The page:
Medicine is taking on an increasingly molecular character. For evidence, look no further than the pharmacy: many new-generation therapeutic drugs are designed with highly specific molecular targeting capabilities and delivery mechanisms.

Of significant importance, the biomarkers deposited by these drugs can be observed using readily available imaging technology. Thus are radiologists and nuclear medicine physicians in the enviable position of being equipped to both measure drug efficacy and, at far earlier stages than ever, detect disease.

However, not many imaging professionals today work on the molecular level. Before long, though, it will be commonplace practice. Ralph Weissleder, MD, PhD, believes this unswervingly. Weissleder is director of the Center for Molecular Imaging Research (CMIR) at Massachusetts General Hospital in downtown Boston, with satellite facilities at the Charlestown Navy Yard and at the newly created Broad Institute on the campus of the Massachusetts Institute of Technology in Cambridge.

Ralph Weissleder, MD, PhD, directs the Center for Molecular Imaging Research at Massachusetts General Hospital, Boston.

Given the unstoppable growing importance of molecular medicine, Weissleder contends that community-based radiologists will find it profitable to begin educating themselves now about molecular targeting, molecular therapeutics and the role of imaging in both regards. To stimulate thinking in that direction, Decisions in Axis Imaging News talked at length with Weissleder about the state of molecular imaging and today’s new or little-known contrast agents that could well become tomorrow’s household names.

We first asked Weissleder to explain how a radiologist found his way into a sun-splashed laboratory, surrounded by chemists, immunologists, geneticists, and mice. He explained that the Center for Molecular Imaging Research, which he created a decade ago, is one of the largest enterprises of its kind in the country, with 80 researchers working under one roof. He is proud of what CMIR has accomplished. Among other things, it can claim credit for developing a number of molecular-oriented technologic advances involving optical, nuclear, and MR imaging. Weissleder, previously a basic biology investigator, told Axis Imaging News he launched the center as a response to a perceived deepening need for molecular imaging advancement. In so doing, he brought together scientists from various other fields who, cumulatively, possess the keys to this kingdom.

IMAGING ECONOMICS: Let’s talk first about “smart” contrast agents. Just what is meant by the designation of smart?

WEISSLEDER: To begin, you need to understand that smart MRI agents come in basically two forms: targeted agents and activatable agents. The former are directed to a specific molecular target—thus, when you image, the information directly reflects how much of the molecular target is present. The latter is a substrate for a specific enzyme, ie, it becomes detectable after enzyme conversion, and here imaging relates to the enzyme activity—for instance, in a tumor.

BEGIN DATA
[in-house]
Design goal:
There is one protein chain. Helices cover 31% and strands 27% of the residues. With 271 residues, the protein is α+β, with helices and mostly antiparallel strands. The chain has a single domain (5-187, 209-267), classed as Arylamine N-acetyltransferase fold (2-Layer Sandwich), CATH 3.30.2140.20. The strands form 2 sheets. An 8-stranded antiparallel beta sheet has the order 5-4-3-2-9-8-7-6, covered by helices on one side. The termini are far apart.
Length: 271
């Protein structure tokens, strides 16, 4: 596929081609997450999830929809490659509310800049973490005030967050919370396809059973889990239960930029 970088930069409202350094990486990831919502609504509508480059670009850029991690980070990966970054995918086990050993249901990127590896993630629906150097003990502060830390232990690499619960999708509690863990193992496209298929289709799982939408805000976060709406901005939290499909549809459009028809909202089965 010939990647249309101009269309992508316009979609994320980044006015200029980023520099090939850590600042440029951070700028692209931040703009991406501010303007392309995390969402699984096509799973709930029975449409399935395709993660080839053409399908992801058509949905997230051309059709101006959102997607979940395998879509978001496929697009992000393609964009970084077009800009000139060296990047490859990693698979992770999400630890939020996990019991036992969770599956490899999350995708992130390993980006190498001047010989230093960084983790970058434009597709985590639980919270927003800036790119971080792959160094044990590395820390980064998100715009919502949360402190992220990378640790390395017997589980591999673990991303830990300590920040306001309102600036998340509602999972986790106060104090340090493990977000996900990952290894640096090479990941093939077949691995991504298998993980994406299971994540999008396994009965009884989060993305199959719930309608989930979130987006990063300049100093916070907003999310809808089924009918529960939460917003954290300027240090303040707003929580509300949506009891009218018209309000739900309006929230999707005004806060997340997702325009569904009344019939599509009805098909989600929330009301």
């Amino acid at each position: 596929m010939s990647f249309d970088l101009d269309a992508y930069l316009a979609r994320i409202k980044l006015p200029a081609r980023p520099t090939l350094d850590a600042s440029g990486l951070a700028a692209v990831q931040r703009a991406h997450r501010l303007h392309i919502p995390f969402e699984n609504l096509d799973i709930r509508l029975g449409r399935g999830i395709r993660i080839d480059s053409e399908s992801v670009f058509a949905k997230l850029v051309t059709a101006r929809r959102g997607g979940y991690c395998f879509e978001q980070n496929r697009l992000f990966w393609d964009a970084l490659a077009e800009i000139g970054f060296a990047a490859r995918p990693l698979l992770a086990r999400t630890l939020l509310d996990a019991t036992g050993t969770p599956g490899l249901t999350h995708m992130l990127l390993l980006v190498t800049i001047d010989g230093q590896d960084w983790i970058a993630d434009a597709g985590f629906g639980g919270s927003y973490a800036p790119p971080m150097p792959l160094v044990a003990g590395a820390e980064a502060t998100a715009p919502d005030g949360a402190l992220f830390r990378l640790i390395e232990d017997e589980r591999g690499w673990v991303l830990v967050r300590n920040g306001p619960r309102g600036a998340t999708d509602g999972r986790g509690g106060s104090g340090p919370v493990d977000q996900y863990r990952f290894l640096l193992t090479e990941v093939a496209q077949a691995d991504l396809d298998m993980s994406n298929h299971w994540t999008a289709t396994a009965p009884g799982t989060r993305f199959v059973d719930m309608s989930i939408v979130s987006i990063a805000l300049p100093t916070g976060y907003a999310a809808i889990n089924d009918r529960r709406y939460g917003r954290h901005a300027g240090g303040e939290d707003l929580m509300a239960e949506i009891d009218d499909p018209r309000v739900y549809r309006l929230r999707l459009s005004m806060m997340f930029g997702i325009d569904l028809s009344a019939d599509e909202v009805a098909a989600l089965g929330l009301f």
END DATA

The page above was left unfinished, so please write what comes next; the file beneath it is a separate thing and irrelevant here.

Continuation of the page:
IMAGING ECONOMICS: Can you offer a few examples?

WEISSLEDER: Currently, there are numerous targeted agents in the pipeline and moving toward clinical development. Many are based on magnetic nanoparticles or small molecules and target cancer. These agents will facilitate or enable the detection of early cancers or cancer-related processes such as angiogenesis. Examples include agents capable of imaging V-CAM-1 or aV-B 3 or E-Selectin or tumor markers such as her2/neu.

IMAGING ECONOMICS: Is cancer detection the only promising clinical application?

WEISSLEDER: No, even though much of the current research and development is being funded through the National Cancer Institute. It is important to point out that most researchers in the field develop generic tools, which can then be used for diverse disease processes. For example, we had developed certain nanoparticle preparation for cancer imaging several years ago and now they are used for imaging in diabetes, rheumatoid arthritis, cardiovascular disease, and more.

IMAGING ECONOMICS: Can we improve on the specificity of the contrast agents without compromising their sensitivity?

WEISSLEDER: Most of the molecular agents currently under development are designed for very high sensitivity and specificity. Having both high sensitivity and specificity is possible because of very sophisticated design methods previously unavailable, such as combinatorial chemistries and high-throughput screening approaches—very similar to what a drug company would do in the course of developing a new therapeutic. These processes allow one to dial in, up front, the degree of sensitivity and specificity desired.


Angiogenesis. The formation of new blood vessels, indicative of tumor growth.